Last week we discussed transfer efficiency and I left off with the idea that HLVP spray guns can shoot coating at lower or higher transfer efficiency percentages based on the sray gun setup and operator use.
Also, there are other variables that are a factor even if the gun set up for optimal T.E. The first and most obvious is your finish person’s lead and lag technique. That refers to the amount of coating that is sprayed into the air prior to or at the end of a pass when you move the spray pattern onto or off of the surface you want to coat. Some folks don’t cycle the fluid valve at the end of a pass. They just leave it open, move the gun, and reverse direction. You will waste coating if you end each pass without cycling the fluid valve. Allowing the fluid valve to remain open when the pattern is sprayed into the air is wasteful of coating as well as booth filters. The best bet is to cycle the fluid valve on or off as close as possible to the edge of the object being sprayed. That saves coating and, thus, improves T.E.
I mentioned previously that the shape or configuration of the piece being sprayed can affect T.E. For example, if you are spraying flat panels, you should have better T.E. than if you are spraying a set of dining room chairs. Do you see my point? The dining room chair is more intricate and potentially wasteful of coating simply because of the small, irregular surfaces to be coated.
Here’s another thing that will improve T.E. over the long haul. I mentioned bounce back and overspray last week. There is “sweet spot” at which the tip should remain throughout a pass relative to the surface being sprayed. Tip to surface distance is critical.
I so often tell people that speed and distance are your friends. Well, that’s positive “spin” used to avoid talking about the fact that they can also be your enemy. Distance affects the width of the pattern and the mils of coating applied per square inch of surface. The speed of the gun also affects the mils of coating applied per square inch. But distance can also affect bounce back and overspray. Find the sweet spot and train yourself to hold the gun at that distance at all times. One source I read says that you can improve T.E. by 38% by maintaining proper tip to surface distance.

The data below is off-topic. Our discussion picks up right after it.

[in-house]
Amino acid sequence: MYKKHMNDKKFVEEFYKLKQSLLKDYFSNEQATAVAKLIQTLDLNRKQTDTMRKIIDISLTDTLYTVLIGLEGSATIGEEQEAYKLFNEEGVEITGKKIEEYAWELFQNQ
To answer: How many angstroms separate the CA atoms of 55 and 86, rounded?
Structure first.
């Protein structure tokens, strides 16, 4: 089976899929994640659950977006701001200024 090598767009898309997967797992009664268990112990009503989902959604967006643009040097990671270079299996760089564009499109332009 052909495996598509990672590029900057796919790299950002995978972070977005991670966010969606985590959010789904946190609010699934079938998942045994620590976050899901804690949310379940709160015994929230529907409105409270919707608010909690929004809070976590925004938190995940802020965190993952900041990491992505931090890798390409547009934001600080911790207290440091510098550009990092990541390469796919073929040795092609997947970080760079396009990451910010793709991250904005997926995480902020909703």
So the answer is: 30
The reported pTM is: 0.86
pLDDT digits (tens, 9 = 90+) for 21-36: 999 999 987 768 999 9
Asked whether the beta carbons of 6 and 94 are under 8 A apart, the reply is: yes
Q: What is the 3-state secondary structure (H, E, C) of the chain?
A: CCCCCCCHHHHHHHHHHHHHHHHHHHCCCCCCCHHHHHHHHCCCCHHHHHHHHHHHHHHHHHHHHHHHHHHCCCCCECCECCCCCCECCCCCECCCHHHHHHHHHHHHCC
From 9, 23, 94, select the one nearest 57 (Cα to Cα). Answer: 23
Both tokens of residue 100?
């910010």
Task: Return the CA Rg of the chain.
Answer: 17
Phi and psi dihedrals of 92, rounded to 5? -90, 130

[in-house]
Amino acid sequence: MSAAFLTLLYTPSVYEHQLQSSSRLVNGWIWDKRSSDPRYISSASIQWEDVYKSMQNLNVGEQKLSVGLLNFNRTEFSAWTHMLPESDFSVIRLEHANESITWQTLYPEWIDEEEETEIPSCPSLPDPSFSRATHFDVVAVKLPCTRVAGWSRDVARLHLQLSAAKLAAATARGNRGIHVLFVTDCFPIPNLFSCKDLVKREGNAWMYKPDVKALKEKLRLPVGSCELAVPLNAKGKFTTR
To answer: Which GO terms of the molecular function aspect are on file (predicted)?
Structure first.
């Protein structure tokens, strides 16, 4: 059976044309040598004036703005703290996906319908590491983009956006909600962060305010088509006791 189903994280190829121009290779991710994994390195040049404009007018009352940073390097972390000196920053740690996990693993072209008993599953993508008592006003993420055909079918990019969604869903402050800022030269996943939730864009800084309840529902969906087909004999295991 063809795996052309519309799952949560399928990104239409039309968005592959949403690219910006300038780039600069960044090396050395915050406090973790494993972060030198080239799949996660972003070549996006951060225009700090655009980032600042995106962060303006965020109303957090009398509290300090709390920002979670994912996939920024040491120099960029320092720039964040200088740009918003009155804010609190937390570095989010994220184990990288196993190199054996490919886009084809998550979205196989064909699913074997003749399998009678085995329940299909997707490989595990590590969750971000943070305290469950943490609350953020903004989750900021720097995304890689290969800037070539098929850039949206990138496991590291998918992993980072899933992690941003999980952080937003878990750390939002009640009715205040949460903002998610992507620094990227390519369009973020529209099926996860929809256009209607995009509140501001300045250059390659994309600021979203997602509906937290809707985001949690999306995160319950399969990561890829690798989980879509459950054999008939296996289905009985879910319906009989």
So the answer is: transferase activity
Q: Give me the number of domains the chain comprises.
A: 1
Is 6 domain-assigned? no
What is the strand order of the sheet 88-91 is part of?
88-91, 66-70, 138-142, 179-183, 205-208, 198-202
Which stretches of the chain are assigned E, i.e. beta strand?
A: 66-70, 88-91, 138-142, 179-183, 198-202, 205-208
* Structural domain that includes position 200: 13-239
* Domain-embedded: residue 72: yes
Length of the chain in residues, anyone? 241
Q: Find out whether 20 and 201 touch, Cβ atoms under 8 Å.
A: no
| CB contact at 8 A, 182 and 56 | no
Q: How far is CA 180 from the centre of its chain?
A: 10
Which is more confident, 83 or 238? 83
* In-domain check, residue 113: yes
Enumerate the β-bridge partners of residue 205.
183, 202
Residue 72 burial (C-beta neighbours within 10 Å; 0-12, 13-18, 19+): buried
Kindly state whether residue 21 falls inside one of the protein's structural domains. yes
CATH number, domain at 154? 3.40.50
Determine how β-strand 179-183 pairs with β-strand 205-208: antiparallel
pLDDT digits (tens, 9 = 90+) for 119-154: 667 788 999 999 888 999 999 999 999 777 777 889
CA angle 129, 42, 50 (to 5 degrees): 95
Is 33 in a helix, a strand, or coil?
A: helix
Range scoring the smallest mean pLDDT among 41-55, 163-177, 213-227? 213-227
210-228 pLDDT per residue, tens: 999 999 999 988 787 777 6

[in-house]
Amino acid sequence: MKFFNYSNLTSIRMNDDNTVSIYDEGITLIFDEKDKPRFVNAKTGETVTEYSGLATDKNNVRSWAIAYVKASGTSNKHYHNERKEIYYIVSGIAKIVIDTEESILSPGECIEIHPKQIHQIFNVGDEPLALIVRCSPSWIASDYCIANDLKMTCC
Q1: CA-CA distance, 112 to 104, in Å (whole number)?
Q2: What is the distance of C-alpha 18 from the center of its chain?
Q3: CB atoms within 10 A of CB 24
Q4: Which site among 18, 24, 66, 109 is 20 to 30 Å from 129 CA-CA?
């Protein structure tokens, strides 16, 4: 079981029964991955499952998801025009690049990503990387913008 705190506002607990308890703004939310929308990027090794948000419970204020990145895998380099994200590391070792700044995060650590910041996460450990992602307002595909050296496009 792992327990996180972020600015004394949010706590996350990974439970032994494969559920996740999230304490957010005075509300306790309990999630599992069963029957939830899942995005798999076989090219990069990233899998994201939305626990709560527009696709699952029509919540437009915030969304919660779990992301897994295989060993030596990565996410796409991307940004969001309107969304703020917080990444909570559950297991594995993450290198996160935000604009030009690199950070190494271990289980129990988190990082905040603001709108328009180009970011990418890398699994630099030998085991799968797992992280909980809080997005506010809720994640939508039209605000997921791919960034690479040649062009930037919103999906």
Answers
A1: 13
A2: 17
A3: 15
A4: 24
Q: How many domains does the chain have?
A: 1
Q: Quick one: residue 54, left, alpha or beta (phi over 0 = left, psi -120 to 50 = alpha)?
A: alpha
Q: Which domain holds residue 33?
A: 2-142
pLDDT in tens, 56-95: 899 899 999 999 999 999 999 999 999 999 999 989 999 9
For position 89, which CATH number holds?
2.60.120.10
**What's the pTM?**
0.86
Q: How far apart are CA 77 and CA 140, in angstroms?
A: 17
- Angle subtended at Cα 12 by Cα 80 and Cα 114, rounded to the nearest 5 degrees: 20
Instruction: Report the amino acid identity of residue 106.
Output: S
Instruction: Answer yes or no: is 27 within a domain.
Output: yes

Come the end of the job, come the end of the day, and come the end of the year…think of ways to improve T.E. In order to do so, T.E. needs to be on your mind when you pick up the gun. Think about these things.
• Am I using the right equipment for this job?
• Do I have my equipment set up properly to maximize T.E?
• How am I going to spray this piece for maximum T.E?
o Other things not part of the flat surface
• What pattern(s) will work best on this piece?
• When do I cycle the fluid valve on and off relative to the edge of the surface being sprayed?
All this and more will help you reduce waste. So now, are you ready for the punch line?
Remember…it is a waste of time and money to practice bad habits. Always practice to improve your skills.
In conclusion, I would like to repeat one more thing that I’ve said before. If you are the builder, think like a finisher. Ask yourself how you would build this particular piece if you were going to spray it yourself. So many times I have seen builders build something that is exceedingly difficult to spray. If only you would stop and consider building subassemblies that could be quickly assembled after they are finished. It would not only save labor costs in the spray shop, it would improve T.E.
Until next time…spray on!
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